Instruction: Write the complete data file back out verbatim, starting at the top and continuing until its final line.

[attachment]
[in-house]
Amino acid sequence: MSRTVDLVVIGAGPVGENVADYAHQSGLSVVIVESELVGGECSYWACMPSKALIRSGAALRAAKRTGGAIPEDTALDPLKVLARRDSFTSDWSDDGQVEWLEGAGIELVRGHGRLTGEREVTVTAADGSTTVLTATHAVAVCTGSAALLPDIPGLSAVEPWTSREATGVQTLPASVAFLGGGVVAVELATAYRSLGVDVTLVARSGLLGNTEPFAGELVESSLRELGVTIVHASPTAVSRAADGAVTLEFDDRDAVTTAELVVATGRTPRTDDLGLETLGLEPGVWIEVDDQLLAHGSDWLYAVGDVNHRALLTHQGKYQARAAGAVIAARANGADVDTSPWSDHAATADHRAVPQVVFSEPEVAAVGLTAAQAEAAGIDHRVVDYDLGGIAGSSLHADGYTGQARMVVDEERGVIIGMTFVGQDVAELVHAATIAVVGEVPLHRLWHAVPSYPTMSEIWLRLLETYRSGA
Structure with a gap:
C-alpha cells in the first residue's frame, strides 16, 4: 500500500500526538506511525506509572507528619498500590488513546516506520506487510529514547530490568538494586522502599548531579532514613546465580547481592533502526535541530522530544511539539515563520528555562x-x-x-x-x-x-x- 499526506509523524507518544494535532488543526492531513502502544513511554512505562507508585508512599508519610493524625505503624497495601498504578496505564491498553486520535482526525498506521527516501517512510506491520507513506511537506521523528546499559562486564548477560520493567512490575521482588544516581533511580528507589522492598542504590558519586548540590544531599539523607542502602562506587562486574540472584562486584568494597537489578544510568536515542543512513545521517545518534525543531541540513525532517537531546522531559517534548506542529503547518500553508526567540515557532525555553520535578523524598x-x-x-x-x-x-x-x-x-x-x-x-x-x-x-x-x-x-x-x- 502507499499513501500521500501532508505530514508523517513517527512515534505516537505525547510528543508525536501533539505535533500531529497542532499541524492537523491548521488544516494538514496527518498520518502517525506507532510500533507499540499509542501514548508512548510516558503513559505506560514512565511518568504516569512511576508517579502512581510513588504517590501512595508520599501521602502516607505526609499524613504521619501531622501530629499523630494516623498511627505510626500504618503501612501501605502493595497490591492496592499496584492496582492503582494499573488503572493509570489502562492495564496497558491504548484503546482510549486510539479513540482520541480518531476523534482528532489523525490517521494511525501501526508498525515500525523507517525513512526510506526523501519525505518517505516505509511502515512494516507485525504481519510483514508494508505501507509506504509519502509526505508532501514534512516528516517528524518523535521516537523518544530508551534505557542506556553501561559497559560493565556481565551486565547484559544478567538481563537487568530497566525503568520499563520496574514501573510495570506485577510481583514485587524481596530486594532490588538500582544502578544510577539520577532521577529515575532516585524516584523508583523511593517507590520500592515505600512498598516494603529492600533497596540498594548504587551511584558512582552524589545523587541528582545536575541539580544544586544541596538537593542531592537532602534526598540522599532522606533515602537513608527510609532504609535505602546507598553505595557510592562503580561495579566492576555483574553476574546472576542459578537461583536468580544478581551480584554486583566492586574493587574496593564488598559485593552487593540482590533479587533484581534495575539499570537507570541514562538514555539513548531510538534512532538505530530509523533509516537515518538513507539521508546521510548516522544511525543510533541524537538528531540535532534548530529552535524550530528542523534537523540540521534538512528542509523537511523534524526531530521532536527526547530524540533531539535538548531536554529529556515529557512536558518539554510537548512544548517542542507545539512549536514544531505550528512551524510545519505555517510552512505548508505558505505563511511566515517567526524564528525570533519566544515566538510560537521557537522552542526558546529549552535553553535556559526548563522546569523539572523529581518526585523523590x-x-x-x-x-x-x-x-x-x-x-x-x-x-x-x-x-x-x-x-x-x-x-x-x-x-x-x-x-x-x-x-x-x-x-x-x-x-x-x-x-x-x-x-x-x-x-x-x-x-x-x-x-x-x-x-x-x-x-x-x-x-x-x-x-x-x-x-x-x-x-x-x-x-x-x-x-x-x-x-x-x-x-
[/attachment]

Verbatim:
[in-house]
Amino acid sequence: MSRTVDLVVIGAGPVGENVADYAHQSGLSVVIVESELVGGECSYWACMPSKALIRSGAALRAAKRTGGAIPEDTALDPLKVLARRDSFTSDWSDDGQVEWLEGAGIELVRGHGRLTGEREVTVTAADGSTTVLTATHAVAVCTGSAALLPDIPGLSAVEPWTSREATGVQTLPASVAFLGGGVVAVELATAYRSLGVDVTLVARSGLLGNTEPFAGELVESSLRELGVTIVHASPTAVSRAADGAVTLEFDDRDAVTTAELVVATGRTPRTDDLGLETLGLEPGVWIEVDDQLLAHGSDWLYAVGDVNHRALLTHQGKYQARAAGAVIAARANGADVDTSPWSDHAATADHRAVPQVVFSEPEVAAVGLTAAQAEAAGIDHRVVDYDLGGIAGSSLHADGYTGQARMVVDEERGVIIGMTFVGQDVAELVHAATIAVVGEVPLHRLWHAVPSYPTMSEIWLRLLETYRSGA
Structure with a gap:
C-alpha cells in the first residue's frame, strides 16, 4: 500500500500526538506511525506509572507528619498500590488513546516506520506487510529514547530490568538494586522502599548531579532514613546465580547481592533502526535541530522530544511539539515563520528555562x-x-x-x-x-x-x- 499526506509523524507518544494535532488543526492531513502502544513511554512505562507508585508512599508519610493524625505503624497495601498504578496505564491498553486520535482526525498506521527516501517512510506491520507513506511537506521523528546499559562486564548477560520493567512490575521482588544516581533511580528507589522492598542504590558519586548540590544531599539523607542502602562506587562486574540472584562486584568494597537489578544510568536515542543512513545521517545518534525543531541540513525532517537531546522531559517534548506542529503547518500553508526567540515557532525555553520535578523524598x-x-x-x-x-x-x-x-x-x-x-x-x-x-x-x-x-x-x-x- 502507499499513501500521500501532508505530514508523517513517527512515534505516537505525547510528543508525536501533539505535533500531529497542532499541524492537523491548521488544516494538514496527518498520518502517525506507532510500533507499540499509542501514548508512548510516558503513559505506560514512565511518568504516569512511576508517579502512581510513588504517590501512595508520599501521602502516607505526609499524613504521619501531622501530629499523630494516623498511627505510626500504618503501612501501605502493595497490591492496592499496584492496582492503582494499573488503572493509570489502562492495564496497558491504548484503546482510549486510539479513540482520541480518531476523534482528532489523525490517521494511525501501526508498525515500525523507517525513512526510506526523501519525505518517505516505509511502515512494516507485525504481519510483514508494508505501507509506504509519502509526505508532501514534512516528516517528524518523535521516537523518544530508551534505557542506556553501561559497559560493565556481565551486565547484559544478567538481563537487568530497566525503568520499563520496574514501573510495570506485577510481583514485587524481596530486594532490588538500582544502578544510577539520577532521577529515575532516585524516584523508583523511593517507590520500592515505600512498598516494603529492600533497596540498594548504587551511584558512582552524589545523587541528582545536575541539580544544586544541596538537593542531592537532602534526598540522599532522606533515602537513608527510609532504609535505602546507598553505595557510592562503580561495579566492576555483574553476574546472576542459578537461583536468580544478581551480584554486583566492586574493587574496593564488598559485593552487593540482590533479587533484581534495575539499570537507570541514562538514555539513548531510538534512532538505530530509523533509516537515518538513507539521508546521510548516522544511525543510533541524537538528531540535532534548530529552535524550530528542523534537523540540521534538512528542509523537511523534524526531530521532536527526547530524540533531539535538548531536554529529556515529557512536558518539554510537548512544548517542542507545539512549536514544531505550528512551524510545519505555517510552512505548508505558505505563511511566515517567526524564528525570533519566544515566538510560537521557537522552542526558546529549552535553553535556559526548563522546569523539572523529581518526585523523590x-x-x-x-x-x-x-x-x-x-x-x-x-x-x-x-x-x-x-x-x-x-x-x-x-x-x-x-x-x-x-x-x-x-x-x-x-x-x-x-x-x-x-x-x-x-x-x-x-x-x-x-x-x-x-x-x-x-x-x-x-x-x-x-x-x-x-x-x-x-x-x-x-x-x-x-x-x-x-x-x-x-x-